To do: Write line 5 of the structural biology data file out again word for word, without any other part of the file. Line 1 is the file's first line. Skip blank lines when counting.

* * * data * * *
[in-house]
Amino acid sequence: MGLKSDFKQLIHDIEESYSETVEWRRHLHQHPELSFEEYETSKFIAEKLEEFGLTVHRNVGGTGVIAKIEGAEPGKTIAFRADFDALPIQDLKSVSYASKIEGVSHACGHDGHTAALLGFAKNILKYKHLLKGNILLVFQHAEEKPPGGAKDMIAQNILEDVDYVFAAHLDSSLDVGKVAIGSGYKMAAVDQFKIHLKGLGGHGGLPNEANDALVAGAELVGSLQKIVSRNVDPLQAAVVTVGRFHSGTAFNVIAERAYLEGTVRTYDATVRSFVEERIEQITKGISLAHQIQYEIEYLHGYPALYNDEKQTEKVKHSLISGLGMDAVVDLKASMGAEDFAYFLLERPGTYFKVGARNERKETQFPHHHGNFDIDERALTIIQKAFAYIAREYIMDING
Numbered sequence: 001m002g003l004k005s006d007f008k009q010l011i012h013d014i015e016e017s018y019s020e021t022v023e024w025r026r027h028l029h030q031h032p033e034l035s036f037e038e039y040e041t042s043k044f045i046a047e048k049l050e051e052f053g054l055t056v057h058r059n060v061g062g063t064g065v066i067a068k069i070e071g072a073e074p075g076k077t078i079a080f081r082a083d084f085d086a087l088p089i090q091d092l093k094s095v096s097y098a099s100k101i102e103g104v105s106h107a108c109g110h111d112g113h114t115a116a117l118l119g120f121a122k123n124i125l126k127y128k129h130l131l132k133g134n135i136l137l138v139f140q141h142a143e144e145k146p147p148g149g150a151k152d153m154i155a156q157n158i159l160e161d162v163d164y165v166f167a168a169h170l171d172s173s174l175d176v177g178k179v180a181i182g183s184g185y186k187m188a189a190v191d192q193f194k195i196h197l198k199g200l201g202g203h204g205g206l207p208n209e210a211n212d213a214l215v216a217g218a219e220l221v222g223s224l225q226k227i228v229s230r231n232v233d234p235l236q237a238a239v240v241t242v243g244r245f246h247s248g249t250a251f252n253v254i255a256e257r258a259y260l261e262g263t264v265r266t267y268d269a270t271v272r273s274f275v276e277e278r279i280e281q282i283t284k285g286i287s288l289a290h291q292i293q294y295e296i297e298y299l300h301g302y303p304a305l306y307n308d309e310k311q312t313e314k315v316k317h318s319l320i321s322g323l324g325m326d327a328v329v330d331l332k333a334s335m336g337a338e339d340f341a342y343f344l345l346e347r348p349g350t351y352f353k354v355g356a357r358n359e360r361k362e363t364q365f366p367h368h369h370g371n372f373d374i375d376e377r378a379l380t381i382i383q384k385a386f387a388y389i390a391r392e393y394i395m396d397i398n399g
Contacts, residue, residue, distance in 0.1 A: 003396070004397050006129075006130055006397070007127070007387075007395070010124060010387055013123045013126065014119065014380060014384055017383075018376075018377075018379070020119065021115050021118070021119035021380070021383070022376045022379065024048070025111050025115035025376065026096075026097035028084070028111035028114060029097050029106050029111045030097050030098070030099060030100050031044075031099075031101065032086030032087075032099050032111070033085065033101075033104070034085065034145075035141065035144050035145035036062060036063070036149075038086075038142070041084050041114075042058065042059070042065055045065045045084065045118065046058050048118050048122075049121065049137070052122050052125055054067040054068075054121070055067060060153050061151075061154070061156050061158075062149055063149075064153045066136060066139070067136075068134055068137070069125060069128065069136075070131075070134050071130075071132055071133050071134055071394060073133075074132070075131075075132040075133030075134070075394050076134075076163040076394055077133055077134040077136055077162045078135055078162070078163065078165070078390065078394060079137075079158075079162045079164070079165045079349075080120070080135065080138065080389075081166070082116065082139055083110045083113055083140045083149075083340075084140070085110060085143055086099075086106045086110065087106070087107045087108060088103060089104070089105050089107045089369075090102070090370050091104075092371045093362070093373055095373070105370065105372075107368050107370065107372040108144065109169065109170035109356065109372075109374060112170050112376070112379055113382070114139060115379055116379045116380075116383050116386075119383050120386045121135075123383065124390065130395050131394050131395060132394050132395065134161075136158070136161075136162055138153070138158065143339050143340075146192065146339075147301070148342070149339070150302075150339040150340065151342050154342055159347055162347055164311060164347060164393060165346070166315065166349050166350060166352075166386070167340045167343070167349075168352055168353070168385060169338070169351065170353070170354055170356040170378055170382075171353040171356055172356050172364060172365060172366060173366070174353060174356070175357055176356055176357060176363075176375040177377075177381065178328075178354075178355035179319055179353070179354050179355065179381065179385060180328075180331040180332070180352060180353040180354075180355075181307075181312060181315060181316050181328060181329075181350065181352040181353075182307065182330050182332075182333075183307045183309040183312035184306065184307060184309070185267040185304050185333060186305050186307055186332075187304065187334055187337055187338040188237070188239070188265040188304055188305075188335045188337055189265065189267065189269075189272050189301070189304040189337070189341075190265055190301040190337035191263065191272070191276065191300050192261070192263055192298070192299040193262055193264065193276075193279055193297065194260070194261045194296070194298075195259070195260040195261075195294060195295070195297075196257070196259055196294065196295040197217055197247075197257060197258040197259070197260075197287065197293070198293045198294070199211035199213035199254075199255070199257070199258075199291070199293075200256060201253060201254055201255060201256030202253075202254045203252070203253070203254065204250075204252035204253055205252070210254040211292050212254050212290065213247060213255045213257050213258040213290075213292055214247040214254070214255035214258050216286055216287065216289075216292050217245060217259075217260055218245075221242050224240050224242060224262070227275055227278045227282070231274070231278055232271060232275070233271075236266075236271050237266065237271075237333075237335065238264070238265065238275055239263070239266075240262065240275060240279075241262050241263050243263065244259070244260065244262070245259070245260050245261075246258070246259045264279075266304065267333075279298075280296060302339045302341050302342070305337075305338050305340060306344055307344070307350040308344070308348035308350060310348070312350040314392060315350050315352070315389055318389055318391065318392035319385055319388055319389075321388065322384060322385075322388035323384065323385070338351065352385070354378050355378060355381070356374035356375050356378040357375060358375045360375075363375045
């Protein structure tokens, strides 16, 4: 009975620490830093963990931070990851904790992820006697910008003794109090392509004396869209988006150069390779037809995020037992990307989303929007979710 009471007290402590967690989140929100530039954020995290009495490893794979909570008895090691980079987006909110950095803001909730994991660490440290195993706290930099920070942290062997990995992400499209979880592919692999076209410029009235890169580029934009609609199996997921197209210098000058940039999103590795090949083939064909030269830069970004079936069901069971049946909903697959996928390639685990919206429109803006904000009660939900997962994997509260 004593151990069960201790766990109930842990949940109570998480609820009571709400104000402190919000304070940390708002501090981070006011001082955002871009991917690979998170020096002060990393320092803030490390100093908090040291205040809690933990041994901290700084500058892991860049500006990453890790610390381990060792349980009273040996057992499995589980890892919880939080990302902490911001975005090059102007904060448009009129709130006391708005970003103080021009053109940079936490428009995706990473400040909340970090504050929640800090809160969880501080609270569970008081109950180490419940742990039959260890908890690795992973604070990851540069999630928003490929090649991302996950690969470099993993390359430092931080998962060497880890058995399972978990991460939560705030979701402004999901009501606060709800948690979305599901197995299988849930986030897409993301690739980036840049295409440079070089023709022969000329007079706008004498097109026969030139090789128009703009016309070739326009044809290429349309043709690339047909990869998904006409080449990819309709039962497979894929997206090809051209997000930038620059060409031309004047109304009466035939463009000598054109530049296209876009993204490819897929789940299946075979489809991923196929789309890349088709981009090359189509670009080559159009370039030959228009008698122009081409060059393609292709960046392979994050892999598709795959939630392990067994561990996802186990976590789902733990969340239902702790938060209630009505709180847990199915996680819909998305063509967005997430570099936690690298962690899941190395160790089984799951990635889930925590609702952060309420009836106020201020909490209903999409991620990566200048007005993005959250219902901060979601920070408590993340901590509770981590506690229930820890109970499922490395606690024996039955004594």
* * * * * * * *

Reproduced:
């Protein structure tokens, strides 16, 4: 009975620490830093963990931070990851904790992820006697910008003794109090392509004396869209988006150069390779037809995020037992990307989303929007979710 009471007290402590967690989140929100530039954020995290009495490893794979909570008895090691980079987006909110950095803001909730994991660490440290195993706290930099920070942290062997990995992400499209979880592919692999076209410029009235890169580029934009609609199996997921197209210098000058940039999103590795090949083939064909030269830069970004079936069901069971049946909903697959996928390639685990919206429109803006904000009660939900997962994997509260 004593151990069960201790766990109930842990949940109570998480609820009571709400104000402190919000304070940390708002501090981070006011001082955002871009991917690979998170020096002060990393320092803030490390100093908090040291205040809690933990041994901290700084500058892991860049500006990453890790610390381990060792349980009273040996057992499995589980890892919880939080990302902490911001975005090059102007904060448009009129709130006391708005970003103080021009053109940079936490428009995706990473400040909340970090504050929640800090809160969880501080609270569970008081109950180490419940742990039959260890908890690795992973604070990851540069999630928003490929090649991302996950690969470099993993390359430092931080998962060497880890058995399972978990991460939560705030979701402004999901009501606060709800948690979305599901197995299988849930986030897409993301690739980036840049295409440079070089023709022969000329007079706008004498097109026969030139090789128009703009016309070739326009044809290429349309043709690339047909990869998904006409080449990819309709039962497979894929997206090809051209997000930038620059060409031309004047109304009466035939463009000598054109530049296209876009993204490819897929789940299946075979489809991923196929789309890349088709981009090359189509670009080559159009370039030959228009008698122009081409060059393609292709960046392979994050892999598709795959939630392990067994561990996802186990976590789902733990969340239902702790938060209630009505709180847990199915996680819909998305063509967005997430570099936690690298962690899941190395160790089984799951990635889930925590609702952060309420009836106020201020909490209903999409991620990566200048007005993005959250219902901060979601920070408590993340901590509770981590506690229930820890109970499922490395606690024996039955004594």